The House today re-passed HR 4516, the High End Computing Revitalization Act of 2004, which would authorize the creation of a “leadership class” supercomputer at DOE and a “High-end Software Development Center.” The House action means that the bill will now head to the President, who is expected to sign it.
We’ve covered the bill in detail in this space previously. Because it’s an authorization, it doesn’t actually include any money (just “authorizes” sums to be spent should the money get appropriated). Funding for a “leadership class” computer ($30 million, including $25 million for hardware) is included in the House version of the FY 2005 Energy and Water appropriations bill. However, it’s unlikely that bill will make it into the Omnibus Appropriations bill expected to be considered later this week because portions dealing with the proposed Yucca Mountain nuclear waste repository are deemed too contentious to get resolved before Congress adjourns. This means those agencies funded under the Energy and Water bill may not get an appropriation for FY 05 and may instead operate under a special “continuing resolution.” It’s not clear at this point what that continuing resolution might look like and whether or not it would contain any funding for the proposed supercomputer.
We’ll have a better idea by Thanksgiving when the 108th Congress is expected to adjourn for good.
The House Science Committee issued a press release marking the passage of HR 4516, but it doesn’t appear to be on their website yet. You can find it after the jump.
Update: The Chronicle of Higher Ed has more (sub req’d), including a quote from CRA board member Dan Reed:
Daniel A. Reed, vice chancellor for information technology at the University of North Carolina at Chapel Hill, said that the law would increase the political visibility of supercomputing in the United States. Mr. Reed and other supporters of the bill say that the American supercomputing industry has lost its competitiveness and is not making products that can be used for cutting-edge research.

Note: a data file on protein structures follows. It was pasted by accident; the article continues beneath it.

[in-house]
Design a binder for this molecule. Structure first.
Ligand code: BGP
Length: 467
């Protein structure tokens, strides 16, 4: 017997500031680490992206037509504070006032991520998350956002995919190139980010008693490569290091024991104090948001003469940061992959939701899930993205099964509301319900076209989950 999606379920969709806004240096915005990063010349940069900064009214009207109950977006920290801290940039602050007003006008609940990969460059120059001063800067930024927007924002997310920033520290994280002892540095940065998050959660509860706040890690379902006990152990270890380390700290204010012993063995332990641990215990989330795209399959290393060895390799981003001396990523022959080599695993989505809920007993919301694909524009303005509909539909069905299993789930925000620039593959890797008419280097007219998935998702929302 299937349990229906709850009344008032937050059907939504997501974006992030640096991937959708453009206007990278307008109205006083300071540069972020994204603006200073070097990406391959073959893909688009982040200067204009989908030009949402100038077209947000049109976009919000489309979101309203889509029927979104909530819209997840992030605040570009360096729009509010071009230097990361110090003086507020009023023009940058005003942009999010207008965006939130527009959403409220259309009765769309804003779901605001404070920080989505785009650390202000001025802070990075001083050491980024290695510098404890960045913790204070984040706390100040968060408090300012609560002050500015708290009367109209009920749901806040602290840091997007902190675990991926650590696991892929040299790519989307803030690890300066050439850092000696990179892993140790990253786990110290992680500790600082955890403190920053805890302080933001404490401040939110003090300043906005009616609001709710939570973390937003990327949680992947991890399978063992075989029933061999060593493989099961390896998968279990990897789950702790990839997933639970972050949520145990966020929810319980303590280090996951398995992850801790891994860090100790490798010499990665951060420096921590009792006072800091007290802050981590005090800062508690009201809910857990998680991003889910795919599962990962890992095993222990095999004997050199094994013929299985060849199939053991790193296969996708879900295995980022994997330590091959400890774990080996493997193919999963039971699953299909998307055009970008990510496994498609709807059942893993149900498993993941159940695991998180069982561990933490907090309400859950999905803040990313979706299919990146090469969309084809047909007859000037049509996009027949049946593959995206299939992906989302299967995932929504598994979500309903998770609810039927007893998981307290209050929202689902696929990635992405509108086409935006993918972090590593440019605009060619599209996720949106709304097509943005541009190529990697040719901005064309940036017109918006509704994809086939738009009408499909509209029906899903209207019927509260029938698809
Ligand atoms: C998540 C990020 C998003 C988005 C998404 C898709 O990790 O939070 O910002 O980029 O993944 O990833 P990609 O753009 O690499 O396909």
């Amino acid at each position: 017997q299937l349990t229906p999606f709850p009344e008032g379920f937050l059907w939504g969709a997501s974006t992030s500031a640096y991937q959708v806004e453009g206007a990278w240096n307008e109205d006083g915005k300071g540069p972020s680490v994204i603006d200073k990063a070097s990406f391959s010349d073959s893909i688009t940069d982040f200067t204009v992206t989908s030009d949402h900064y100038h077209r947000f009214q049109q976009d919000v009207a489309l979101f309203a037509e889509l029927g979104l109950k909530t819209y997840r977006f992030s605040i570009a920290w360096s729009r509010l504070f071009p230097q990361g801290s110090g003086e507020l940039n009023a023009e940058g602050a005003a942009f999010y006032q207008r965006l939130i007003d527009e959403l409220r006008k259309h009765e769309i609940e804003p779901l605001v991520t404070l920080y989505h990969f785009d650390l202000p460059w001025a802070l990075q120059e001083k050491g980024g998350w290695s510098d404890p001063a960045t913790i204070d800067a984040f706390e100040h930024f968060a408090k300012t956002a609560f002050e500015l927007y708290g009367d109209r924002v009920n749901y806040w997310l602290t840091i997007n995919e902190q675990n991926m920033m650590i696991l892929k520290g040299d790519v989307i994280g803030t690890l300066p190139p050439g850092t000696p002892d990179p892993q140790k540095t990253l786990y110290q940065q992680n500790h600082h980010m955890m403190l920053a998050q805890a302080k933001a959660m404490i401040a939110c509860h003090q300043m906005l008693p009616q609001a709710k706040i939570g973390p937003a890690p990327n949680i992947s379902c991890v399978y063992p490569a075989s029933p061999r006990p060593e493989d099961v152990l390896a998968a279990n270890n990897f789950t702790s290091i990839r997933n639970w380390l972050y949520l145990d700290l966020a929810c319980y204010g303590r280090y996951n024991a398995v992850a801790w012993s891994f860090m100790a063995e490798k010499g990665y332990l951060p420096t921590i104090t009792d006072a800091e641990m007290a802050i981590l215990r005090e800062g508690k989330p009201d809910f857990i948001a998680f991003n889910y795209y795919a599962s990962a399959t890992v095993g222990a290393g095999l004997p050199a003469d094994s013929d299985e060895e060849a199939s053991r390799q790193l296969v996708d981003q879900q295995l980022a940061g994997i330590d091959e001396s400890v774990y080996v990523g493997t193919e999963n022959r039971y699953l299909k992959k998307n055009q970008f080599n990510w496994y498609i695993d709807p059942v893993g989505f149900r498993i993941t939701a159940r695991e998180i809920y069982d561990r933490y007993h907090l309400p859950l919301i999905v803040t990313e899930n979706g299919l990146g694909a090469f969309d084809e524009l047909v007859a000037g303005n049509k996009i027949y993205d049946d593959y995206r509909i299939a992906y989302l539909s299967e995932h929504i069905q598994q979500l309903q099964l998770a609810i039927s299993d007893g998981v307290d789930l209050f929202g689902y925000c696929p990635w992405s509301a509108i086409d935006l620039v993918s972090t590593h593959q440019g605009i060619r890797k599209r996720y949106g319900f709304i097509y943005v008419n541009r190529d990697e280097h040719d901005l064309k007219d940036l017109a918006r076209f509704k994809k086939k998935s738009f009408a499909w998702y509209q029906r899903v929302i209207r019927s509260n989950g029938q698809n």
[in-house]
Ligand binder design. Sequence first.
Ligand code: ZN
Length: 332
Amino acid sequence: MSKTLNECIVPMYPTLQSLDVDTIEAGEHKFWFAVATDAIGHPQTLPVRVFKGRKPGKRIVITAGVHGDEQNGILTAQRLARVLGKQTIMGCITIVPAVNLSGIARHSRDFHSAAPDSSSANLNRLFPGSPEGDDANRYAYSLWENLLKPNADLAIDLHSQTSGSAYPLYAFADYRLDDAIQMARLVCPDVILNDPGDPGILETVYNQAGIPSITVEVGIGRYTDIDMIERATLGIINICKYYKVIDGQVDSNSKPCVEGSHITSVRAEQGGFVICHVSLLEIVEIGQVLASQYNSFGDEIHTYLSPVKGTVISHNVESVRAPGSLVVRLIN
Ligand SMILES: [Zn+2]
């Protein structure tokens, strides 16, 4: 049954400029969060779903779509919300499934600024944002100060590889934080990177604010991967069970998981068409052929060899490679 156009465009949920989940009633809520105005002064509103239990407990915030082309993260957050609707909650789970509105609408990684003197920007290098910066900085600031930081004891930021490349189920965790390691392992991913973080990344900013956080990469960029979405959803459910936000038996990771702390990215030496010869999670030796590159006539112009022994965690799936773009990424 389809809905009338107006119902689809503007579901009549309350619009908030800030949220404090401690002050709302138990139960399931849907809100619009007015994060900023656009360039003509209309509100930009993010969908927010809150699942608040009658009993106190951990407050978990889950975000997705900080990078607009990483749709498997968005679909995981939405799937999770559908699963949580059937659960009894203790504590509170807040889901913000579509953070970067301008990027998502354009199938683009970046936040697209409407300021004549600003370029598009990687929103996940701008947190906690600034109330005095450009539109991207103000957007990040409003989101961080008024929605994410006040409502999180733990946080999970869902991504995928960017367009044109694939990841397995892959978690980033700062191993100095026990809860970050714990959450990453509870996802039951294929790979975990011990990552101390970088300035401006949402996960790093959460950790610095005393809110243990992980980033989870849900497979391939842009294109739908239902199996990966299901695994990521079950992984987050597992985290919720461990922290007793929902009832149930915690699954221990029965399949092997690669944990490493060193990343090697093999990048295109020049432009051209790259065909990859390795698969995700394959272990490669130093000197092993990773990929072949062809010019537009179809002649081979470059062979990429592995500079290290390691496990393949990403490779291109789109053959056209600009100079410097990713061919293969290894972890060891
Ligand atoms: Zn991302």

“This will help put it back on the front burner,” Mr. Reed said.
Update (11/22): The Energy and Water appropriations bill referred to above did get included in the Omnibus Appropriations bill, and it did include $30 million for DOE’s Leadership Class computing effort — $25 million for hardware, $5 million for software development.
Update (11/30): The President has signed the bill!
SCIENCE COMMITTEE SUPERCOMPUTING BILL HEADS TO PRESIDENT FOR SIGNATURE
Legislation Will Further Strengthen U.S. Competitiveness
WASHINGTON, D.C. – The House of Representatives today gave final approval to a bill that will strengthen U.S. competitiveness by revitalizing domestic computing capabilities and supporting the development of the world’s fastest supercomputers.
By a voice vote, the House passed H.R. 4516, the Department of Energy High-End Computing Revitalization Act of 2004, which will further U.S. supercomputing efforts by establishing a research and development (R&D) program within the Department of Energy (DOE) to develop new, record-breaking computing capabilities. The bill also authorizes DOE to establish supercomputer user facilities that will provide U.S. researchers access to some of the world’s most advanced computers on a competitive, peer-reviewed basis.
H.R. 4516 was introduced by Energy Subcommittee Chairman Judy Biggert (R-IL), and the House originally passed the bill in July. The Senate then amended the bill to reflect the result of negotiations with the Science Committee and passed it by unanimous consent last month. Today’s House passage sends the bill to the President, who is expected to sign it.